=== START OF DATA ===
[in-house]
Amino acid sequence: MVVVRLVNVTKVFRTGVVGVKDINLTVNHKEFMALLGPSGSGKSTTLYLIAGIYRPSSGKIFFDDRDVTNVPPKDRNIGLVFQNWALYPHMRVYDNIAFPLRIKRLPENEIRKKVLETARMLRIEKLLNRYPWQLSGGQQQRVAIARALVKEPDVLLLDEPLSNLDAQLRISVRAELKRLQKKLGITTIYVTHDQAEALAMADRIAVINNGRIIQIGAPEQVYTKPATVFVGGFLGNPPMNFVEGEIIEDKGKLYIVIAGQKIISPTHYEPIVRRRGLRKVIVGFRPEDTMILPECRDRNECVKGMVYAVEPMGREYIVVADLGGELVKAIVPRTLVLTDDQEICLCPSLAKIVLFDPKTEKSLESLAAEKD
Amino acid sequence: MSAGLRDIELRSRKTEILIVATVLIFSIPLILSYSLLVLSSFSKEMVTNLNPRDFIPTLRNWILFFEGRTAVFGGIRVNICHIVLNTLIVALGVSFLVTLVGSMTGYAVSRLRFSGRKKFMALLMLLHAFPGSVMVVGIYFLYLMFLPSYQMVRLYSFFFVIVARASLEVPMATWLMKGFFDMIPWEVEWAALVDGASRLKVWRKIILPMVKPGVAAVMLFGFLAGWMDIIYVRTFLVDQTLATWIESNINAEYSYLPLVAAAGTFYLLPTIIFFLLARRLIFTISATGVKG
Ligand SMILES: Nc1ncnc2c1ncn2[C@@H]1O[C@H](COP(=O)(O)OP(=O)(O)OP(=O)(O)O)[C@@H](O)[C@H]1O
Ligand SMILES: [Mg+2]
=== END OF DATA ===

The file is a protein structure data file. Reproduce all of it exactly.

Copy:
[in-house]
Amino acid sequence: MVVVRLVNVTKVFRTGVVGVKDINLTVNHKEFMALLGPSGSGKSTTLYLIAGIYRPSSGKIFFDDRDVTNVPPKDRNIGLVFQNWALYPHMRVYDNIAFPLRIKRLPENEIRKKVLETARMLRIEKLLNRYPWQLSGGQQQRVAIARALVKEPDVLLLDEPLSNLDAQLRISVRAELKRLQKKLGITTIYVTHDQAEALAMADRIAVINNGRIIQIGAPEQVYTKPATVFVGGFLGNPPMNFVEGEIIEDKGKLYIVIAGQKIISPTHYEPIVRRRGLRKVIVGFRPEDTMILPECRDRNECVKGMVYAVEPMGREYIVVADLGGELVKAIVPRTLVLTDDQEICLCPSLAKIVLFDPKTEKSLESLAAEKD
Amino acid sequence: MSAGLRDIELRSRKTEILIVATVLIFSIPLILSYSLLVLSSFSKEMVTNLNPRDFIPTLRNWILFFEGRTAVFGGIRVNICHIVLNTLIVALGVSFLVTLVGSMTGYAVSRLRFSGRKKFMALLMLLHAFPGSVMVVGIYFLYLMFLPSYQMVRLYSFFFVIVARASLEVPMATWLMKGFFDMIPWEVEWAALVDGASRLKVWRKIILPMVKPGVAAVMLFGFLAGWMDIIYVRTFLVDQTLATWIESNINAEYSYLPLVAAAGTFYLLPTIIFFLLARRLIFTISATGVKG
Ligand SMILES: Nc1ncnc2c1ncn2[C@@H]1O[C@H](COP(=O)(O)OP(=O)(O)OP(=O)(O)O)[C@@H](O)[C@H]1O
Ligand SMILES: [Mg+2]